Over one million Covid-19 emergency loans have been advanced to UK companies that are 100%-guaranteed by the British government, starkly showing the wide gap in supports for firms in the Republic.
The new British figures show that its main Bounce Bank Loan Scheme has delivered over 967,320 loans to a value of £29.5bn (€32bn) while its Coronavirus Business Interruption Loan Scheme has distributed a further £10.5bn through 52,275 loans, and its Coronavirus Large Business Interruption Loan Scheme has delivered £2.3bn through a further 359 loans.
The combined cost of the over one million loans through the three UK government lending schemes amounts to £42bn, overshadowing any such scheme in Ireland and highlighting the gaps that exist in Irish Government supports.
The British figures suggest that Finance Minister Paschal Donohoe may only be playing catch up with the British and other governments, including the Swiss and the Germans, when he unveils his jobs and stimulus packages in the coming weeks.
The UK's Bounce Back Loan Scheme is 100%-guaranteed by the British state which means that commercial banks have the confidence to lend to businesses caught up in the Covid-19 economic storm without fear they will be exposed to huge default loan losses. In the North, AIB and Bank of Ireland tap the 100%-guaranteed schemes to lend to businesses.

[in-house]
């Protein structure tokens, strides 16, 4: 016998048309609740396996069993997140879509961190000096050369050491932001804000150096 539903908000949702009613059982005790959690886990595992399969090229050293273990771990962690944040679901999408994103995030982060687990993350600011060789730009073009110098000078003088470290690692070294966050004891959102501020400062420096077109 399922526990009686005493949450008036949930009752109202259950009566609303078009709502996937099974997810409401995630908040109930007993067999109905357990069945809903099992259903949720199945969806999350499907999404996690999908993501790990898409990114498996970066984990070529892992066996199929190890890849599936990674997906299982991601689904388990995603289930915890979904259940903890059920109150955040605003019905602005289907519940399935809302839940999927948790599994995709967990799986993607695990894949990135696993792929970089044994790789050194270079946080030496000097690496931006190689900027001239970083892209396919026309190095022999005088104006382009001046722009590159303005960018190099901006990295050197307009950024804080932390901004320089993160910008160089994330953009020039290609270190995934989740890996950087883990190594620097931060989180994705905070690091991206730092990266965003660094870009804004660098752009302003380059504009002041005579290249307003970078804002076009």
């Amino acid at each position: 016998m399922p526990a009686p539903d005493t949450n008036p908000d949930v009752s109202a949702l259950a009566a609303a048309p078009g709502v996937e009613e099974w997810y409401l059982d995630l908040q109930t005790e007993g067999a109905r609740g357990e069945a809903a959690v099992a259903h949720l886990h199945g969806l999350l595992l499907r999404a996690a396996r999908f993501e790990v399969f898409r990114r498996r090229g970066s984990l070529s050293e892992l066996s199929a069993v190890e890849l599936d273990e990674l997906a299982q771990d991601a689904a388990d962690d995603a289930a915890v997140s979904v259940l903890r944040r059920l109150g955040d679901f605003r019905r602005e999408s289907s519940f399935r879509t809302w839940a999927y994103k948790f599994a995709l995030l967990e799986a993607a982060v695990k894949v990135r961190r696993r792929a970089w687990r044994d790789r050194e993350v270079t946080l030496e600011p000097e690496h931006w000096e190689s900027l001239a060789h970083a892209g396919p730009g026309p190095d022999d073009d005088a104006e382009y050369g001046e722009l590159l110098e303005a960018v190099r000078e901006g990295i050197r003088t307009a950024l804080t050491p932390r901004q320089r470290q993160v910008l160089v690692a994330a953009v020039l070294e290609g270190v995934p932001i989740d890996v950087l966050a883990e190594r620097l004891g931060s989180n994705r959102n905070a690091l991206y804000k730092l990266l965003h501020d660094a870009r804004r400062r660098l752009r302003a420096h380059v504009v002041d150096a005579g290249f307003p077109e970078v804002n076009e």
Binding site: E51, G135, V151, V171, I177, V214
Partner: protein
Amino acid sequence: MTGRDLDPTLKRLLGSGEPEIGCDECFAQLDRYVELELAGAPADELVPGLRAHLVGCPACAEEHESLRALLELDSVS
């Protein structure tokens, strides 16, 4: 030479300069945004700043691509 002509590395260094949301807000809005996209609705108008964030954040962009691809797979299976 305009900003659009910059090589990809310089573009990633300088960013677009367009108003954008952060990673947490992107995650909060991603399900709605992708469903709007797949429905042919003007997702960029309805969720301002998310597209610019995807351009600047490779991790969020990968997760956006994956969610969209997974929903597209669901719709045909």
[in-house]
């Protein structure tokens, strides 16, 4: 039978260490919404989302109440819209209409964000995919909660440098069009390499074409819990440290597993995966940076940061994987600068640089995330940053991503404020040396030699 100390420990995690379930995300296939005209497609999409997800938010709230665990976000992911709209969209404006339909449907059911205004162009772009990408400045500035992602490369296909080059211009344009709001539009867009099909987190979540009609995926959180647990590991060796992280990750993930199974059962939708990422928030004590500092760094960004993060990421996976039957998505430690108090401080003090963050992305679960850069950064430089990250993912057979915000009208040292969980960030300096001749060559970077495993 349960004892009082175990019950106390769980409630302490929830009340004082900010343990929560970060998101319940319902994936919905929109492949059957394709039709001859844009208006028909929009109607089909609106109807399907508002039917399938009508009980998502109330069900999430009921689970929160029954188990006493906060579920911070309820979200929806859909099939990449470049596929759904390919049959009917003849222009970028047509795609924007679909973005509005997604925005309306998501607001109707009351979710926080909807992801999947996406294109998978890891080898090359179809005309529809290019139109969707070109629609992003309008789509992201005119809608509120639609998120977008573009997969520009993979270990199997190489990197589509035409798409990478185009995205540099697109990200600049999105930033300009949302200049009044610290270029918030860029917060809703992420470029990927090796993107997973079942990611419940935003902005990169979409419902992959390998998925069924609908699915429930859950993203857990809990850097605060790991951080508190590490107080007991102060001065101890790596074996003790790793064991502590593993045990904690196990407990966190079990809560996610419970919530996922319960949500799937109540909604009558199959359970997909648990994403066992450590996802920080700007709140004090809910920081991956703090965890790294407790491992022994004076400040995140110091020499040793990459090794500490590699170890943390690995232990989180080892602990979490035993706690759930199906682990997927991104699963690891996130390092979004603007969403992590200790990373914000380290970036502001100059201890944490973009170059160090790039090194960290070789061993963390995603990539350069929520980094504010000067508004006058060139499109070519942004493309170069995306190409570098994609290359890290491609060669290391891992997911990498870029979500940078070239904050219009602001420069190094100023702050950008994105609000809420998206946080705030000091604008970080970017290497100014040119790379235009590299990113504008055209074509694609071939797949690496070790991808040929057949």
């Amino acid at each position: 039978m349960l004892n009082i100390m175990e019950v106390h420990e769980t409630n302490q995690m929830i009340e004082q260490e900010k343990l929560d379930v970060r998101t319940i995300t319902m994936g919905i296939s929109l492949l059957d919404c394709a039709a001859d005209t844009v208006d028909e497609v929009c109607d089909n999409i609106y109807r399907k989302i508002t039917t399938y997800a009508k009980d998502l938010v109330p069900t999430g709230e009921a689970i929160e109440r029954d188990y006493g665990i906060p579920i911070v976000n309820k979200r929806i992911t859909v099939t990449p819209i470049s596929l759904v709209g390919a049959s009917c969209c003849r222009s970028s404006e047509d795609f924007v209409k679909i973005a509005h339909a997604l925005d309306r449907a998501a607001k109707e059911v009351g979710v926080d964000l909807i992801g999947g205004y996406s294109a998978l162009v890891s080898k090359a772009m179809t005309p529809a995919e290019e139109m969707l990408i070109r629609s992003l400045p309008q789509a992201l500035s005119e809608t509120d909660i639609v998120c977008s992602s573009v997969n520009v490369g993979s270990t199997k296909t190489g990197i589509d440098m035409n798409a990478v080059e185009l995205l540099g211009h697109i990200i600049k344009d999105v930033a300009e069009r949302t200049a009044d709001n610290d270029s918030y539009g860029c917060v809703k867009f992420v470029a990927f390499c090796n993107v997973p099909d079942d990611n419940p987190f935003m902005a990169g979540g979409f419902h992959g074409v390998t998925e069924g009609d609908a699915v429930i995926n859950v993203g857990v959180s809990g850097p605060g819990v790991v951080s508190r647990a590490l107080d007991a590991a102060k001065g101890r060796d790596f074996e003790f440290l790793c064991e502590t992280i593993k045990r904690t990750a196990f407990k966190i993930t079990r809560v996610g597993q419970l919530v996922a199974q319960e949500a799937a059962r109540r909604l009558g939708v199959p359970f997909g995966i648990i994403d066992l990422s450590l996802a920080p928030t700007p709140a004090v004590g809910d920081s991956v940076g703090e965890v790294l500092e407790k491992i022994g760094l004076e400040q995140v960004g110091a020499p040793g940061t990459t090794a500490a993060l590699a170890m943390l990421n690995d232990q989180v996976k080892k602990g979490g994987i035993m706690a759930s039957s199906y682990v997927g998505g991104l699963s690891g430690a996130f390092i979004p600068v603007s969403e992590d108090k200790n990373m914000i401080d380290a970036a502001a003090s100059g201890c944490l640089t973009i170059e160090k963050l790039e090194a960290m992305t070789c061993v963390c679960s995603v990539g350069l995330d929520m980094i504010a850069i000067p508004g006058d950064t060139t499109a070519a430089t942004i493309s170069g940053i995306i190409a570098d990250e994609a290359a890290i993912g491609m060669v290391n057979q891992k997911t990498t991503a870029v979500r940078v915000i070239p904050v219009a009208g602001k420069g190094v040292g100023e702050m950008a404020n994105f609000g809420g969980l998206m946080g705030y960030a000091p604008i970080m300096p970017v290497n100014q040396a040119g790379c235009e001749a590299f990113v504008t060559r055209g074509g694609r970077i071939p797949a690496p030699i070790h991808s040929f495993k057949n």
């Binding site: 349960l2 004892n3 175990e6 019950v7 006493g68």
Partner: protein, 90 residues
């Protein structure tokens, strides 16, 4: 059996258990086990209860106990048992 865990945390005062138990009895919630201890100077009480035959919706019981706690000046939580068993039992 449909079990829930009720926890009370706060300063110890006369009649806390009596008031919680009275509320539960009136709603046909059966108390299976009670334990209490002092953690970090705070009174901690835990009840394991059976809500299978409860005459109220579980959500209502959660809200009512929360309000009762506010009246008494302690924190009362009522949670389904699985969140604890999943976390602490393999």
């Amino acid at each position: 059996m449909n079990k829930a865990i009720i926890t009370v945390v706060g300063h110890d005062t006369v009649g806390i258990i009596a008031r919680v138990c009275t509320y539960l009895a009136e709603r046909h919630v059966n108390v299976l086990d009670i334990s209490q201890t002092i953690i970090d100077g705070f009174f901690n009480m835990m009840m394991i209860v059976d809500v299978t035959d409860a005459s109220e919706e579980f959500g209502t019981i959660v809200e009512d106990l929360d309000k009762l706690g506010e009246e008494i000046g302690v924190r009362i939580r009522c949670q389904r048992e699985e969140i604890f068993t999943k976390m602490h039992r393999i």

On its website, AIB says the length of the loan is six years but early repayment is allowed, without early repayment fees and with no repayment for the first 12 months.
“The UK government will pay us, on your behalf, the interest for the first 12 months of the loan as a Business Interruption Payment so you don’t have to. Thereafter interest will be payable at a fixed rate of 2.5% per annum. We will not charge an arrangement fee,” AIB says.
Conall Mac Coille, chief economist at broker Davy, said the low pick-up of equivalent Irish Government loan schemes suggests there is much distance to cover in futures jobs and economic stimulus packages.
Allowing for the relative sizes of the economies, the Irish Government's Pandemic Unemployment Payment and wage-support schemes, which between them support over 800,000 jobs, appear to match in scope the equivalent British schemes.
Britain’s Coronavirus Job Retention Scheme supports 9.3 million jobs at a cost of £25.5bn and its £7.7bn Self Employment Income Scheme supports 2.6 million jobs.
Meanwhile, figures from the Central Bank starkly show the effects of the Covid-19 crisis across the Irish economy.
Households deposited a further €1.5bn in Irish banks -- paying little to zero interest rate returns -- in May to bring the total amount of household deposits to €117.5bn. That is up from €107bn in May 2019.
Deposits by businesses also rose, to over €64.25bn, up from €56.8bn a year earlier, according to Central Bank figures.
The Central Bank also said home mortgage loans fell by €129m in May, and consumer lending was down by €162m.